Tetanus is an acute, often-fatal disease of the nervous system that is caused by nerve toxins produced by the bacteriumClostridium tetani. This bacterium is found throughout the world in the soil and in animal and human intestines.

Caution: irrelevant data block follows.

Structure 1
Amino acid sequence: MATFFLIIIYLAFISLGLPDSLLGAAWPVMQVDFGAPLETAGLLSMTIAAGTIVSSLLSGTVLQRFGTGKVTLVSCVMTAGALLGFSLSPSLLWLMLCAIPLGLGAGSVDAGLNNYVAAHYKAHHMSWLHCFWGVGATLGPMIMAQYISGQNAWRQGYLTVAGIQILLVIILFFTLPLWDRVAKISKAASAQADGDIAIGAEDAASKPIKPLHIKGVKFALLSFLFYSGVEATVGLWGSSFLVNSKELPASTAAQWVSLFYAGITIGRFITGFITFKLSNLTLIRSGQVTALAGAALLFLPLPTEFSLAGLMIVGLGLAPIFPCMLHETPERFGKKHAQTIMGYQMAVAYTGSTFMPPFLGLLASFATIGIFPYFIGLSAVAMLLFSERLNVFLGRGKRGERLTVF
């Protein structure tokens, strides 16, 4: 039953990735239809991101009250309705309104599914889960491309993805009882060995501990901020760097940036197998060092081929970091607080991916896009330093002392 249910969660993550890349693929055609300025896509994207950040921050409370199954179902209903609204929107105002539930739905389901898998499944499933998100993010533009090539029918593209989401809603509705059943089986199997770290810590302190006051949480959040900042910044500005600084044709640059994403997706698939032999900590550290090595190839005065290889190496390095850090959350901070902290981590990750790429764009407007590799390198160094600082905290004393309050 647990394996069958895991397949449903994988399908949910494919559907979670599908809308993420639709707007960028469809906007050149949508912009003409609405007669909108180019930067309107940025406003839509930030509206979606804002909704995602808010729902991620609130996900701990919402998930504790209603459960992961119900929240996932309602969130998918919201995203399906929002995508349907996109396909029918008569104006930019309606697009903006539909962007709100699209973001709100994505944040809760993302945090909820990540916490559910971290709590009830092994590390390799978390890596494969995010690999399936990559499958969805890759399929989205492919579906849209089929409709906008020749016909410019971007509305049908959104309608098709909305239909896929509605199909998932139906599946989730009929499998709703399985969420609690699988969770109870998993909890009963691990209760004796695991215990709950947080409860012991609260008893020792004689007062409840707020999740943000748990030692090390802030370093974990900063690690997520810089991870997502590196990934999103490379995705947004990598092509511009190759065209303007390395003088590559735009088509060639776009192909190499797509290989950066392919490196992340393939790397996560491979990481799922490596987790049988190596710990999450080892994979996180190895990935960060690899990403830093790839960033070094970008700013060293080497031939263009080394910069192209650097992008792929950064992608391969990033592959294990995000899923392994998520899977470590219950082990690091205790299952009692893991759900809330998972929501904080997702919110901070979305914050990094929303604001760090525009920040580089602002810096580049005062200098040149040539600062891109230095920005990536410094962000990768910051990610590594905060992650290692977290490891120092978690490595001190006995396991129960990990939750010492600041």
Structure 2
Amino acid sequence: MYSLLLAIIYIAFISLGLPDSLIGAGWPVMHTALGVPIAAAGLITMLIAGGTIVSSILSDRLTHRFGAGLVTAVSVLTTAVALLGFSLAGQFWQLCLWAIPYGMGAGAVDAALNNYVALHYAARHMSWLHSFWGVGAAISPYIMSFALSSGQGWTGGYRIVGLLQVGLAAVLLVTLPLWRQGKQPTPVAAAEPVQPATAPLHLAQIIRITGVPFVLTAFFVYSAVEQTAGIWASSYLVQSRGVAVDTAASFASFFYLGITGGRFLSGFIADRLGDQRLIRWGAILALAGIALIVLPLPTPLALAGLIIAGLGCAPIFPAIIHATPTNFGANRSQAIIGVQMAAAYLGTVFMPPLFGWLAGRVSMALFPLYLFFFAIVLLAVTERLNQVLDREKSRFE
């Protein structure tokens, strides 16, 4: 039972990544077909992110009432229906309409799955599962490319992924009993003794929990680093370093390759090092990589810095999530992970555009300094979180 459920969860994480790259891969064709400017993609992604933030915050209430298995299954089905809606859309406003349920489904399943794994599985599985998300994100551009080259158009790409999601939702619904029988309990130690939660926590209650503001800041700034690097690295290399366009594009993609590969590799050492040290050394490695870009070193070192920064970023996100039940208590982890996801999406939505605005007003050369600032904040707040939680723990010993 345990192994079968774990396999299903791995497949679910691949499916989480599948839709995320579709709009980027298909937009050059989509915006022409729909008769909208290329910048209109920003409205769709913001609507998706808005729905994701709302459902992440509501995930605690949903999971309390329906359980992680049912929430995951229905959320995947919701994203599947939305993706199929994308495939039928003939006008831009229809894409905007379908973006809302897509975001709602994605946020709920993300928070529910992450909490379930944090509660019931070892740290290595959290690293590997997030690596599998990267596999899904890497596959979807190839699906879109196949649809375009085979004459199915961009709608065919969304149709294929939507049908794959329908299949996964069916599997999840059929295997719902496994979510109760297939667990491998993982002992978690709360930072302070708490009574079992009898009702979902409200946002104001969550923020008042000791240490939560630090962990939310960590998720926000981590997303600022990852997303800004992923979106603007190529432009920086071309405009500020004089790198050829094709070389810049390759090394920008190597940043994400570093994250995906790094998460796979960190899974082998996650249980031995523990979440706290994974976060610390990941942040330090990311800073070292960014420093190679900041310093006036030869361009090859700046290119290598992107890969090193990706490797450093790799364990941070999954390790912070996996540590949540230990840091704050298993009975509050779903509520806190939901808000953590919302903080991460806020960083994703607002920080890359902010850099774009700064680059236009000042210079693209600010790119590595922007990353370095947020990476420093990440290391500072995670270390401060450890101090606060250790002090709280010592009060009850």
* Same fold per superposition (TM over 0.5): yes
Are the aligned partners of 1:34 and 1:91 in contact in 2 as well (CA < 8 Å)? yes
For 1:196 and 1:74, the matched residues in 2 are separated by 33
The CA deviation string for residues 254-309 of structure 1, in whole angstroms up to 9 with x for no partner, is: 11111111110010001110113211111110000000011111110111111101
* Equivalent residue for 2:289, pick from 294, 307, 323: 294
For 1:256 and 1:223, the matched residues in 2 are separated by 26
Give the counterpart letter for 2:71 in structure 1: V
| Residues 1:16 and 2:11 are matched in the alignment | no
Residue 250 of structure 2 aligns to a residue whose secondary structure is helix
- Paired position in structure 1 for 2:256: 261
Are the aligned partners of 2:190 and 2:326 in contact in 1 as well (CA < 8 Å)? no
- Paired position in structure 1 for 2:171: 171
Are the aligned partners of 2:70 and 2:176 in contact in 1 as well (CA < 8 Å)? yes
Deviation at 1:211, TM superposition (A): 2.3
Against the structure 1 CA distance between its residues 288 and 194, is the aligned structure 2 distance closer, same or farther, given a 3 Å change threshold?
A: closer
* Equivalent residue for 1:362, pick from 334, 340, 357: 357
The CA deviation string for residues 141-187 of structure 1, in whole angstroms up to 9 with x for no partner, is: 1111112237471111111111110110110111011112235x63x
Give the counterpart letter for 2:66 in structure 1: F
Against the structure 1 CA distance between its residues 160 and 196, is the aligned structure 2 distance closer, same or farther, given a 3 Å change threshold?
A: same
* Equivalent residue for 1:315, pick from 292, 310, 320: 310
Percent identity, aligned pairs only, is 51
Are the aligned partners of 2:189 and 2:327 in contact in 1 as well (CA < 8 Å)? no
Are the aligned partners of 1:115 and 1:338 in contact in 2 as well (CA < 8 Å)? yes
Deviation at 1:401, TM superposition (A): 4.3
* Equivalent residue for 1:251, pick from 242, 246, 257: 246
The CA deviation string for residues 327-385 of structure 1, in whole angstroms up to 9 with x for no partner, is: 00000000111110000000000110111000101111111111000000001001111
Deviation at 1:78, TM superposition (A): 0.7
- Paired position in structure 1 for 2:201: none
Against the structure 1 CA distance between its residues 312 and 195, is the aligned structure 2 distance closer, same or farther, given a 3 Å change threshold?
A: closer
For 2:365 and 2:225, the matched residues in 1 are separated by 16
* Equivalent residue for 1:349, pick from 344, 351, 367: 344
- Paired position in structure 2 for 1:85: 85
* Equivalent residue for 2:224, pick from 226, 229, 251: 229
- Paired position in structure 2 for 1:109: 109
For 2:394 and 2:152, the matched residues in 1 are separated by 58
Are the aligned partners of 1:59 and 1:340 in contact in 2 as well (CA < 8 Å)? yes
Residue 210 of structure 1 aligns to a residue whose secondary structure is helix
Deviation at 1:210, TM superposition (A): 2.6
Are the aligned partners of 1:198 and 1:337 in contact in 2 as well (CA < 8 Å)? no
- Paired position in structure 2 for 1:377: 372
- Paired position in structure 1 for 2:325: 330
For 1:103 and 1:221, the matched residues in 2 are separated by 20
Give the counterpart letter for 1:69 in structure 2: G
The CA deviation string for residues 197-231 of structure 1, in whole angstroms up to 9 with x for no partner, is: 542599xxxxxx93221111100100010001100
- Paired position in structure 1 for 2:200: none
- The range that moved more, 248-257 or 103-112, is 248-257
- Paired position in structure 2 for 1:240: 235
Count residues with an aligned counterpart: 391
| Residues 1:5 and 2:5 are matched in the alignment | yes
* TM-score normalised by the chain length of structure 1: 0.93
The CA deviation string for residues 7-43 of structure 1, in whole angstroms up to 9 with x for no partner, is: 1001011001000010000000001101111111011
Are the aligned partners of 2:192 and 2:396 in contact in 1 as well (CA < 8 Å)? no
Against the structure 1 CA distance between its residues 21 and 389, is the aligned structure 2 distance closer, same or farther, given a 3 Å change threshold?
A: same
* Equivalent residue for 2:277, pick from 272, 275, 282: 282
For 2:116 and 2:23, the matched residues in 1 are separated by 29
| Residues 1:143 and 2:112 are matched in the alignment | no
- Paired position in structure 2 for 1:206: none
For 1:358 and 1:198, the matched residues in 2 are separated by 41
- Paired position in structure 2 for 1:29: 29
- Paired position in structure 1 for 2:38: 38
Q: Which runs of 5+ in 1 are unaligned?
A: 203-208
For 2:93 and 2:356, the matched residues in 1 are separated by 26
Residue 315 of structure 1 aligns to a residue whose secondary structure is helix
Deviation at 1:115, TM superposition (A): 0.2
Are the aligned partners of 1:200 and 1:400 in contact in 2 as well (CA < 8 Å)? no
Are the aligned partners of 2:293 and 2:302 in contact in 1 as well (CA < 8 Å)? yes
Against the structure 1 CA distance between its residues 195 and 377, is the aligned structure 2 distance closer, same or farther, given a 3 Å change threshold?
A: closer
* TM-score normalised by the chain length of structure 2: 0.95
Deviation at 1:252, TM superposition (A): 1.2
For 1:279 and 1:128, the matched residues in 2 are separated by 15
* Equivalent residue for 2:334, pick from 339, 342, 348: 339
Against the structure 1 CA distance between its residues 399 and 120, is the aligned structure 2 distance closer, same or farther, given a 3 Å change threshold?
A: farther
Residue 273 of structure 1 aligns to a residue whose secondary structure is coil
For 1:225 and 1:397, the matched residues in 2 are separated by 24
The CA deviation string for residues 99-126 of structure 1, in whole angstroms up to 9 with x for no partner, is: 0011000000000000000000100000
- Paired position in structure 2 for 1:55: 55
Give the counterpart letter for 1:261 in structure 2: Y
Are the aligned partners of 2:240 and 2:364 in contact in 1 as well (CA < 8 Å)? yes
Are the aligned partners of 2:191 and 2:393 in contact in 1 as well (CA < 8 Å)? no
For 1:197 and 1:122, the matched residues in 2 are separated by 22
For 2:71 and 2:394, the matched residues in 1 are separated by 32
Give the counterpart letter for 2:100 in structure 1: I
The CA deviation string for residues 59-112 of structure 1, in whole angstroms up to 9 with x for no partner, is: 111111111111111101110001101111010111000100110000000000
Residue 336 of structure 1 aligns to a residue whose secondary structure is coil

Contaminated wounds are the sites where tetanus bacteria multiply. Deep wounds or those with devitalized (dead) tissue are particularly prone to tetanus infection.Puncture wounds, such as those caused by nails, splinters, or insect bites, are favorite locations of entry for the bacteria. The bacteria can also be introduced through burns, any break in the skin, and injection-drug sites. Tetanus can also be a hazard to both the mother and newborn child (by means of the uterus after delivery and through the umbilical cord stump).The potent toxin that is produced when the tetanus bacteria multiply is the major cause of harm in this disease.